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Telehealth has rapidly become one of the most talked about IT healthcare markets at the beginning of the 21st Century. For purposes of market analysis within this report telehealth is defined as the application of telecommunications and information technology to delivery of health care and health related services and information over large and small distances. This definition which is intended to be broader than the one used to define telemedicine services, takes into account the involvement of nursing staff , healthcare administrators and educators in healthcare provision via networking technologies currently at hand. Market estimates do not include revenues considered to be applied to pilot projects (of which there are many throughout the world) and a prudent attempt has been made through primary research to analyse corporate revenue generation purely applied to telehealth applications. The MarketHBS Consulting considers the global telehealth market to be valued at $3.19bn in 2003 with the potential to reach a global market estimate of $7.67bn in 2006. Regionally, HBS Consulting would consider the major market opportunities to lie in the Pacific Rim over the forecast period as a number of key initiatives targeting the telehealth sector are implemented. As examples we cite the recent changes to favourable reimbursement of the use of telehealth solutions in the home care sector in Japan, the continued development and support of telehealth applications as part of the Multimedia Super Corridor initiative and the ongoing favourable climate for health IT applications in Australia and New Zealand. Revenue growth along these levels is considered to be dependent upon the development of the telehealth market along the current path of point-to-point applications to more relevant multi-point, integrated solutions. Market DevelopmentThe penetration of telehealth in the healthcare environment depends on the successful deployment of integrated healthcare communication systems (iHCS). Without this undertaking telehealth will remain a point solution and will not gain the capability to be universally deployed. In order for telehealth to develop into wideranging solutions it must develop alongside iHCS.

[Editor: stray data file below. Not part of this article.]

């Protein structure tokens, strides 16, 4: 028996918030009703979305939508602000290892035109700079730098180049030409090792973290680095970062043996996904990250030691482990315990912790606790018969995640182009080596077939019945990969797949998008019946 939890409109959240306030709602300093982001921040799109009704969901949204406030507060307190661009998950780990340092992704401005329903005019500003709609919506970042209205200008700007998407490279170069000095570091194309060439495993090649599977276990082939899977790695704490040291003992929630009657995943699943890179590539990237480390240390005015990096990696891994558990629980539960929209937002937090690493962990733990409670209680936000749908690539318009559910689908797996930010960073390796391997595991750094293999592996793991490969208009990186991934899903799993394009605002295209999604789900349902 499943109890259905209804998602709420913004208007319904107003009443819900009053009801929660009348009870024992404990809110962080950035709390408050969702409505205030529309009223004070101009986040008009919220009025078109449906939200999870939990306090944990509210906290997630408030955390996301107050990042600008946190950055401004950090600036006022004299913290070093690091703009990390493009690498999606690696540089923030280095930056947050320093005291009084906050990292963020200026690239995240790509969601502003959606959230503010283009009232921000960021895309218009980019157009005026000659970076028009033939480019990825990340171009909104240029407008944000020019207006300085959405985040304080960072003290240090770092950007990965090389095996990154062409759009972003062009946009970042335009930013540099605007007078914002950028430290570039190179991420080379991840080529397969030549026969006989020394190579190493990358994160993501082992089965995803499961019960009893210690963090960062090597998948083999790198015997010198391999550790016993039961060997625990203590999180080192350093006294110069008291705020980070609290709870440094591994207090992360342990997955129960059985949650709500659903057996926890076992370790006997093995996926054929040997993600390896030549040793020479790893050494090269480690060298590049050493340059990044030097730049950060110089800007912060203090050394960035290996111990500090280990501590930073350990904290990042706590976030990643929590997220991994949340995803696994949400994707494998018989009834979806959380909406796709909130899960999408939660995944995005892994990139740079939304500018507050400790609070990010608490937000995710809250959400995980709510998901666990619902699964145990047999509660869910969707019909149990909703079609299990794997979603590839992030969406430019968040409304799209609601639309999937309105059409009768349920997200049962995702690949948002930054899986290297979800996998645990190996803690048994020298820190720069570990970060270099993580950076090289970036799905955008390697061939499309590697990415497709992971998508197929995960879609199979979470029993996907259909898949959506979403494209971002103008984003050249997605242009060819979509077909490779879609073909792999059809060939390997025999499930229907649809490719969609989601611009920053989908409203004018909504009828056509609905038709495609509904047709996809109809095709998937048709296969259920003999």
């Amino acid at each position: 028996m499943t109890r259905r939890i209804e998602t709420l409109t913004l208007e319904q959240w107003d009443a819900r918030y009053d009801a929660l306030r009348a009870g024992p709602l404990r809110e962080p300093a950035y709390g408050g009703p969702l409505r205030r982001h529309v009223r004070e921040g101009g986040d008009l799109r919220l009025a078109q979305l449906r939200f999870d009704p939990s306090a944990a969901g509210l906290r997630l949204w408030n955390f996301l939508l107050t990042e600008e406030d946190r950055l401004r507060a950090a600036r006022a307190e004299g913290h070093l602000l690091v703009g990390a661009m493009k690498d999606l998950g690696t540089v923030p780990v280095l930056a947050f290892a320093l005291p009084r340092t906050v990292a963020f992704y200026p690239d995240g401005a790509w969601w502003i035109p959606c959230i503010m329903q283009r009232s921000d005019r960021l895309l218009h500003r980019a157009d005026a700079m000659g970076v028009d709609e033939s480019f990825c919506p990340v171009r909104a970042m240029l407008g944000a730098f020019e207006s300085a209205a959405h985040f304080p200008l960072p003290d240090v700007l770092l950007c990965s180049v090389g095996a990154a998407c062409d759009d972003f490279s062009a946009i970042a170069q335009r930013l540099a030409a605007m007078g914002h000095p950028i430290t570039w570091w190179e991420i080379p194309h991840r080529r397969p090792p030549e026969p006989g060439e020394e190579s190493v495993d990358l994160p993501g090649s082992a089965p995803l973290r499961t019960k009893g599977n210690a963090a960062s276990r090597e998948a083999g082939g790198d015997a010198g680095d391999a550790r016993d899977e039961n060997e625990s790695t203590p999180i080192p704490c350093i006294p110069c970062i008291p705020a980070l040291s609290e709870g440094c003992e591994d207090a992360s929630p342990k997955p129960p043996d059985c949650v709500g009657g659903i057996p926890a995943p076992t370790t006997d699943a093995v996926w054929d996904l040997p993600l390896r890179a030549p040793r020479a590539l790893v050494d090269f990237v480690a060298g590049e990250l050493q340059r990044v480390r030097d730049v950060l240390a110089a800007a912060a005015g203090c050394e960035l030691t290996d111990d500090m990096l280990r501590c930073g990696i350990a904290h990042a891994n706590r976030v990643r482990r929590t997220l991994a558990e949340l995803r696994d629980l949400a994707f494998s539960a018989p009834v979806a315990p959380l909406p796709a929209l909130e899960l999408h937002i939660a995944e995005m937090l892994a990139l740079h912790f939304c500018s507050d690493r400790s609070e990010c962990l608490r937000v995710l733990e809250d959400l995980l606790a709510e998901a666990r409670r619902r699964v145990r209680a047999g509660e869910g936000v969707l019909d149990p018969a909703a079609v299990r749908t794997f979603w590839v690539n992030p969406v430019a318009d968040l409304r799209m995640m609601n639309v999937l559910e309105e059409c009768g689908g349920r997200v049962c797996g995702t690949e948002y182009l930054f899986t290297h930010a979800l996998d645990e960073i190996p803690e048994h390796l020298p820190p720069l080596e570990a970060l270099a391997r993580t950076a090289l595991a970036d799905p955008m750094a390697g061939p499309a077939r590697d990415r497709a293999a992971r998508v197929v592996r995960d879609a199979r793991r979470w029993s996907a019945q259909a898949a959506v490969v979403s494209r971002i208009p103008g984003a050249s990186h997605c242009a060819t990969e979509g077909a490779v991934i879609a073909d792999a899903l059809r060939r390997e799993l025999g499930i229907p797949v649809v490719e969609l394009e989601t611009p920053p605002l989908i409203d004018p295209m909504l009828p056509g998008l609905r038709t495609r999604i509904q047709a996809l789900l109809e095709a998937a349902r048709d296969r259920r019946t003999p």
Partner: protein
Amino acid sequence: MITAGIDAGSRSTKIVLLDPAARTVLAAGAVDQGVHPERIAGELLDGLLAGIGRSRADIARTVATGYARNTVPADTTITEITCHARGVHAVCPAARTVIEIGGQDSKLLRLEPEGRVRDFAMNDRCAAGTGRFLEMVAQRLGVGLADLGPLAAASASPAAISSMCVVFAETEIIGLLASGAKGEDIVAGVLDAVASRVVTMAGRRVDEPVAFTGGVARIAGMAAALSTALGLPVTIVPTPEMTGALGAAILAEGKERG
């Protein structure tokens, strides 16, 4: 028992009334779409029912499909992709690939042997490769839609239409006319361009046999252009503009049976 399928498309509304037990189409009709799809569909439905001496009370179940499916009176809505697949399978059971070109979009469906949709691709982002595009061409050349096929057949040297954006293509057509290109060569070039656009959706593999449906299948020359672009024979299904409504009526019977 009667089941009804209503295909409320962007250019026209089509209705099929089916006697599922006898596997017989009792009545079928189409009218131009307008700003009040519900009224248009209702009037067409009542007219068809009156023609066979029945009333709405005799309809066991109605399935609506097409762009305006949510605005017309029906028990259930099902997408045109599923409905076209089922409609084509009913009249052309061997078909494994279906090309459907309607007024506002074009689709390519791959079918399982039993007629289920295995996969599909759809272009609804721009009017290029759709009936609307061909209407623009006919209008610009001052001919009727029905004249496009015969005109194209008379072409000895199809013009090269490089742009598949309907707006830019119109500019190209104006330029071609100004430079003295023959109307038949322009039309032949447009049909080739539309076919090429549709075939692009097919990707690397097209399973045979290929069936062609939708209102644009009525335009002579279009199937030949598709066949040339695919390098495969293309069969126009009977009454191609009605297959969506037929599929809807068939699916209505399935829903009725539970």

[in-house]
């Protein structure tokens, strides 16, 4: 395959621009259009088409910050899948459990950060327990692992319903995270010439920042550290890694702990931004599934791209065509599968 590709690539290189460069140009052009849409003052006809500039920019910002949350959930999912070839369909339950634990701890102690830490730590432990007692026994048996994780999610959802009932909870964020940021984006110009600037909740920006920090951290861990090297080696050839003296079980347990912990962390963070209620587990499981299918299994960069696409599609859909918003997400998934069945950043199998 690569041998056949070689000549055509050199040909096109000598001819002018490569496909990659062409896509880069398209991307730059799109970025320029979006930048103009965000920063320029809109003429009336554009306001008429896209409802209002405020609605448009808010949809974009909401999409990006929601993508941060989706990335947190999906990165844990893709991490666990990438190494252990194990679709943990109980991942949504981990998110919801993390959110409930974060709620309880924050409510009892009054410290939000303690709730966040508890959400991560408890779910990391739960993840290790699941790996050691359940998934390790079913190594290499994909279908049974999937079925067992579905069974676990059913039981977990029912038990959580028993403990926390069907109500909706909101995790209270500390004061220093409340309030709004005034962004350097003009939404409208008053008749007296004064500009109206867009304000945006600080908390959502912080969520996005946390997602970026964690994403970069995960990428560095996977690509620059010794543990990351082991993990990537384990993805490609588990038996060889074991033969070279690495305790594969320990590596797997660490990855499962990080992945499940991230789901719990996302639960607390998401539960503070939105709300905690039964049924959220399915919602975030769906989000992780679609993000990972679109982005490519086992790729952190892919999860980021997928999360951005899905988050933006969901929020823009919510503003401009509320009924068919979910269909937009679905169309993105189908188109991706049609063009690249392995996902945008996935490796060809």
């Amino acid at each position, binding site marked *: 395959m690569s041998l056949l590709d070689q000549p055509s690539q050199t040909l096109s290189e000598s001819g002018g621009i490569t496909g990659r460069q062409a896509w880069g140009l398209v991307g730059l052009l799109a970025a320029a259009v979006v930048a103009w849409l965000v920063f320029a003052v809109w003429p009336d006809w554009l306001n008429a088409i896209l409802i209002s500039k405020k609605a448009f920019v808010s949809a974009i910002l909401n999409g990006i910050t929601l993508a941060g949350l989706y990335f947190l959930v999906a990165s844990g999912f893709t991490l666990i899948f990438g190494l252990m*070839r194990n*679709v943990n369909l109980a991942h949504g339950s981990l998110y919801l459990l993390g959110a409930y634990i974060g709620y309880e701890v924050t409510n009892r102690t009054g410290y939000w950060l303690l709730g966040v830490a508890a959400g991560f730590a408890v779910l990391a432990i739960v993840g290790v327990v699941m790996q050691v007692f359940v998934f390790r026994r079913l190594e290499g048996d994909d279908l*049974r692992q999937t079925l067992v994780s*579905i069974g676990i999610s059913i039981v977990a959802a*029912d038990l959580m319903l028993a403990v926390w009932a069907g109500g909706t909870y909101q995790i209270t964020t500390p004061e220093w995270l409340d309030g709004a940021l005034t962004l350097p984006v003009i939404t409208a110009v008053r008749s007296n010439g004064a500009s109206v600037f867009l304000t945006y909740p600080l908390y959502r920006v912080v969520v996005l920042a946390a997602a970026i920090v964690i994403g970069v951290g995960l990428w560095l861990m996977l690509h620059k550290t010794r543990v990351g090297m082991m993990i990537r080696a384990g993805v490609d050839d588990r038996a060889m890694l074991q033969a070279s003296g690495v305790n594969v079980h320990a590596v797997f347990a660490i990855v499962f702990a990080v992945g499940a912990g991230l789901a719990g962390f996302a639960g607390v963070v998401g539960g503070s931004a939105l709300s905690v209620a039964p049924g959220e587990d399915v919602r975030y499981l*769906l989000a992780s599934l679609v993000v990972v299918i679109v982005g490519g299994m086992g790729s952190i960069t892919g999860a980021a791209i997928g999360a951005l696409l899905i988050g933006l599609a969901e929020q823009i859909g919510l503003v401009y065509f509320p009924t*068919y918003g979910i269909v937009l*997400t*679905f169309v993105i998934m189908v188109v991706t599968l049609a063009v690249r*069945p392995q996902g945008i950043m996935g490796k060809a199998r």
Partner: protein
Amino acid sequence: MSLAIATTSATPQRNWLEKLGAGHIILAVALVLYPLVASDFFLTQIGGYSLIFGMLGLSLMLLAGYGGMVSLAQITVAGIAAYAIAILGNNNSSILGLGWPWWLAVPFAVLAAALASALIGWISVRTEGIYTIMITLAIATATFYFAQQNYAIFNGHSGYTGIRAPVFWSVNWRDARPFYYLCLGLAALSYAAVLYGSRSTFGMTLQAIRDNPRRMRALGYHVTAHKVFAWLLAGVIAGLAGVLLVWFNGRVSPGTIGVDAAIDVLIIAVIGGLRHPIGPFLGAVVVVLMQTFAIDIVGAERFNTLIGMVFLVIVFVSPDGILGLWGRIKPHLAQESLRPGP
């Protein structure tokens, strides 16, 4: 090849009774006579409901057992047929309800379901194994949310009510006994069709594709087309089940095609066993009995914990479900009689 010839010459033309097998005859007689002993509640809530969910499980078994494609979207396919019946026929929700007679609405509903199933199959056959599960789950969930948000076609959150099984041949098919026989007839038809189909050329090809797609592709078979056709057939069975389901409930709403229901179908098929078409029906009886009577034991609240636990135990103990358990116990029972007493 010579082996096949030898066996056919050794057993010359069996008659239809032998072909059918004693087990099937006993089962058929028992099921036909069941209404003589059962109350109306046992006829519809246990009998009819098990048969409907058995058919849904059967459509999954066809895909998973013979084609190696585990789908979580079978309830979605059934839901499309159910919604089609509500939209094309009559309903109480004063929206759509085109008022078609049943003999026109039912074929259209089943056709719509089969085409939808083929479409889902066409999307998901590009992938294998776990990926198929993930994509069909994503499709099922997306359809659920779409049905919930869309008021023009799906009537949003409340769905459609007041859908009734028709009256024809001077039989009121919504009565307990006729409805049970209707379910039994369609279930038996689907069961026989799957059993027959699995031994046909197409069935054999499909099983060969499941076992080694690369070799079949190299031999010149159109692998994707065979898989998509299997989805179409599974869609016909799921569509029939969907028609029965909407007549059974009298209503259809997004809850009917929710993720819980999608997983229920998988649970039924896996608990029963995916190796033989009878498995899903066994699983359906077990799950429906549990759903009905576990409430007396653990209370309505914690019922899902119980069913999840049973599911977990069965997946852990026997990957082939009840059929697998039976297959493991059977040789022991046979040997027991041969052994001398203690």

Telehealth requires an underlying integrated infrastructure and iHCS, which provide this infrastructure (which includes development of clinical systems such as EPR) in turn is dependent upon telehealth solutions to partly justify government investment in the healthcare IT field. Employed correctly, telehealth has the capacity to assist in bringing clinically based IT efficiencies to iHCS systems. StrategiesSuccessful deployment of telehealth applications should result in assisting the flow of clinical information between the primary, secondary and tertiary healthcare establishments. Whilst the use of IT solutions is considered crucial to addressing workflow deficiencies and positively impacting health outcomes companies supplying into the primary, secondary and tertiary healthcare sectors should not confine their marketing activities, in the future, to these sectors of the healthcare arena. Distribution channels and target markets for telehealth products and solutions are widening. Home healthcare is a prime example of this trend and one that is well accepted. It can be argued that a primary strategy for companies operating in the sector is a review of the potential utilisation of their solutions via alternative channels, examples of which might be “multimedia health kiosks” situated in relevant locations such as pharmacies or fitness centres. Basically, telehealth solutions can be envisaged as developing outside physician offices and hospitals. The increased reliance of the technology on networks brings into focus the expanded role envisaged for IT companies and dedicated telehealth solutions providers in partnership. A forecast increase in market consolidation is anticipated and the development of the telehealth industry as a whole is expected to follow the development of the IT market in recent times. Two examples of strategies discussed within the report are: - Centralisation of IT solutions, both in public and private sectors, will lead to healthcare providers being persuaded to deal with a small number of companies. This will serve to eradicate the need to negotiate with or manage a larger number of suppliers. - IT outsourcing will become a preferred choice for healthcare providers to follow. The purchasing authority will need to purchase solutions from companies capable of delivering most of their solution needs. This will more than likely be one-stop-shop in nature, to reduce complexity in dealing with different companies. Unless a required solution is extremely niche in nature, healthcare providers will seek to reduce the number of their suppliers. A barrier to greater penetration of telehealth solutions in healthcare delivery remains the lack of communication of the technology’s benefits. Telehealth providers would do well to increase their support of initiatives aimed at highlighting how inadequacies in communication at the primary-secondary care interface lead to the sub-optimal care of patients resulting in unnecessary follow-up, duplication of tests and investigations and dissatisfaction from patients and clinicians. Analysing and addressing patient-related work flow and accentuating product capabilities in this regard can convey significant competitive advantage in the market place. The HBS Consulting report aims to show the state of the telehealth market as it stands currently and to depict the key market dynamics shaping its forward development. Activities of the principal and niche market players are discussed and the current business strategies that they are deploying are also analysed. Given the dearth of business-oriented publications in this area, the HBS Consulting report is positioned to serve as a useful tool for Business Development, Marketing Directors and Managers and Corporate Developers in this rapidly expanding and exciting field.